• acme-companion, which will request letsencrypt certificates and cooperate with the docker-gen container to set up HTTPS
  • Any number of other services, with at very least an environment variable for the VIRTUAL_HOST name (domain/hostname) and one for the LETSENCRYPT_HOST name (the https domain/hostname). In this case I will demonstrate it with Jekyll, which is what this website runs on :)

A basic example

For our core we need to set up a container host program. There are some options you could pick, but for simplicity sake and most widespread usage, I’ll focus on Docker for now. One could also pick for example Podman, which should in theory also have an API socket that docker-gen could use, but I have not gotten this to work myself so YMMV.

One of the advantages (and disadvantages) of Docker is that it’s centrally managed by a daemon, which you can query and command over a socket to do your bidding automatically, and we’re going to use this socket. This has some downsides in terms of security of course, if a hacker ever manages to compromise a container that has access to the docker socket, they can read everything that’s running on the docker host– as long as the docker socket is mounted read only, otherwise it’s much more dangerous and will allow the attacker to spawn new containers that could do anything. But it works exceptionally well for automation purposes, if you secure the machines that have access to it well, and realize that these are one of your weak points.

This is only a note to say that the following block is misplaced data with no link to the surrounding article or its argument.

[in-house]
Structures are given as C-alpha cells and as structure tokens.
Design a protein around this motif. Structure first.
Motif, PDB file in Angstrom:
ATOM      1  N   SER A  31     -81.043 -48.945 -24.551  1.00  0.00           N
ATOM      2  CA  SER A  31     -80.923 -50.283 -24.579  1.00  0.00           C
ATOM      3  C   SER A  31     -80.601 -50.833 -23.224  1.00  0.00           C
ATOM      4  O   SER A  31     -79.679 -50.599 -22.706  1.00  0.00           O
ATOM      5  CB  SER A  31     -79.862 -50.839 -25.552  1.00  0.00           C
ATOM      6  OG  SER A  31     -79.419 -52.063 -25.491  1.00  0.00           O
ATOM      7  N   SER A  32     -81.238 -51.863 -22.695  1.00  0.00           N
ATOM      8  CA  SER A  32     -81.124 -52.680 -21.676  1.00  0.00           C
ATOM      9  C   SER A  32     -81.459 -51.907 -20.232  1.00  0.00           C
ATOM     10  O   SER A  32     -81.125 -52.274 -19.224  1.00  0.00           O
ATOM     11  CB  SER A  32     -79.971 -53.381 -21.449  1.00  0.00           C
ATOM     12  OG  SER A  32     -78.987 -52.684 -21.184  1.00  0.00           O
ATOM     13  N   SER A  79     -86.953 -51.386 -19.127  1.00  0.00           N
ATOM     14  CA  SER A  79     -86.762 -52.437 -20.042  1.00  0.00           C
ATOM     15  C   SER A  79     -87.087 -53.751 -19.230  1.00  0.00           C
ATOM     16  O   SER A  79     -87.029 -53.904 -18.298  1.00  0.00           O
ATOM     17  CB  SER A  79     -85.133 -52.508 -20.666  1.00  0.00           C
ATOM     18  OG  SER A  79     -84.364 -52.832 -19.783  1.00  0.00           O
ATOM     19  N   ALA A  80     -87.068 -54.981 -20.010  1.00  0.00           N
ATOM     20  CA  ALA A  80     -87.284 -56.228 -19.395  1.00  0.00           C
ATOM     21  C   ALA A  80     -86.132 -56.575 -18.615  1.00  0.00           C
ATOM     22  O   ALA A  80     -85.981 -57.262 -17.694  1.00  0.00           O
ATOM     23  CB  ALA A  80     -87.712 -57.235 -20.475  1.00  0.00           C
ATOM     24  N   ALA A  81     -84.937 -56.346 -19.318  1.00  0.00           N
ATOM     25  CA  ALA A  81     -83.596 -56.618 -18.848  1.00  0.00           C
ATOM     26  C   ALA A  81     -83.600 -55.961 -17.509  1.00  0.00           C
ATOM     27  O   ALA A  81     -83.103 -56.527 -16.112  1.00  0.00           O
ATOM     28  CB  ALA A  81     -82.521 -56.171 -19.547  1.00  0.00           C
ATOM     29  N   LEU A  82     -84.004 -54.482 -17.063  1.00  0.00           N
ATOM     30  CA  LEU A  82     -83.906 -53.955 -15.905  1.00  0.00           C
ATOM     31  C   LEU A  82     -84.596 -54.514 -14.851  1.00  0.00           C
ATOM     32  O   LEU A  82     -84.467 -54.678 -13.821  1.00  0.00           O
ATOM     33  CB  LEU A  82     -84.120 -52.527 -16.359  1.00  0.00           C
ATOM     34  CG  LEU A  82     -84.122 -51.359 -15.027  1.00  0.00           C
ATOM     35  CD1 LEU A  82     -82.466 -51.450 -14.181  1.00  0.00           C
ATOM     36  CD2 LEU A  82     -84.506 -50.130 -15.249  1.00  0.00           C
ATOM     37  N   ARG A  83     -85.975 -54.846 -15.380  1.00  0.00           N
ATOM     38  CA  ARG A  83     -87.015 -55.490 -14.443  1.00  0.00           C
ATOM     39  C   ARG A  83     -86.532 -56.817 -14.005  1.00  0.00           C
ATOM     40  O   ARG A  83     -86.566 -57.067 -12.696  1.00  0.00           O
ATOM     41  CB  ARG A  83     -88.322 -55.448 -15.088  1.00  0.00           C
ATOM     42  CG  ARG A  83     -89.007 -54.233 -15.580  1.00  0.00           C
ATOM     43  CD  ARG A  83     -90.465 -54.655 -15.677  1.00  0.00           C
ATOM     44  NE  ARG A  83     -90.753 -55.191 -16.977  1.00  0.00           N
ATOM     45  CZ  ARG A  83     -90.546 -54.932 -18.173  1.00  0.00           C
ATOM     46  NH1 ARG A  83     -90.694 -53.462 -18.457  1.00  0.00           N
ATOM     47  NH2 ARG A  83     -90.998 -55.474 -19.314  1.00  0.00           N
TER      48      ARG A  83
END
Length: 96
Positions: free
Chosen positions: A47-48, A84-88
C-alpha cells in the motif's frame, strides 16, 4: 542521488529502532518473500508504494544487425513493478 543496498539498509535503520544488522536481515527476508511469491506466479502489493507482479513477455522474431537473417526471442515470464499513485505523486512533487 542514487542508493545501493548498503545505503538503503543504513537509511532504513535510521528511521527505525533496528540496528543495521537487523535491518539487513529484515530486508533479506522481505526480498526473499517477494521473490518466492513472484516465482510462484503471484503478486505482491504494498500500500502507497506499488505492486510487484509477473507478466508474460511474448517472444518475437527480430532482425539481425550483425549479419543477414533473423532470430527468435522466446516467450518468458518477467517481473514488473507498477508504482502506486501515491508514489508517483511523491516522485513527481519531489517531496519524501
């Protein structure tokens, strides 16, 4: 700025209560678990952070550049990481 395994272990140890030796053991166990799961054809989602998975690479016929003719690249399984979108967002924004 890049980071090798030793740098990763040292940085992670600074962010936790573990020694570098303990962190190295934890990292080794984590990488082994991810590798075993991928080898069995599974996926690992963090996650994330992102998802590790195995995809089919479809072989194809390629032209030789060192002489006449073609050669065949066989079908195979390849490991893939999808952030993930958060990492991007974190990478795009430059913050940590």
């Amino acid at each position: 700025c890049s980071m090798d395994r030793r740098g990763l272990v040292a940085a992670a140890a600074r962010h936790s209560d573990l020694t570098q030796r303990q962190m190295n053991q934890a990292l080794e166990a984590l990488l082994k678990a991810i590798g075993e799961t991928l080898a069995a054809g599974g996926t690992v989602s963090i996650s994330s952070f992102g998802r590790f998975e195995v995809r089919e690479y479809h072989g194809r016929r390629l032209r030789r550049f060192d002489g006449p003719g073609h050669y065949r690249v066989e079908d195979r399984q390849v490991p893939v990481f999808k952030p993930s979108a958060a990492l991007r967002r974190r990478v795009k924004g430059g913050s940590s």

JWilders’ nginx-proxy/docker-gen

A tiny but very useful little tool I found, which uses the docker socket to see what containers there are running, checks the environment variables, and uses these to automatically generate a nginx configuration. Optionally, one can add letsencrypt-companion to also generate matching LetsEncrypt certificates, to make everything nice and HTTPS-y.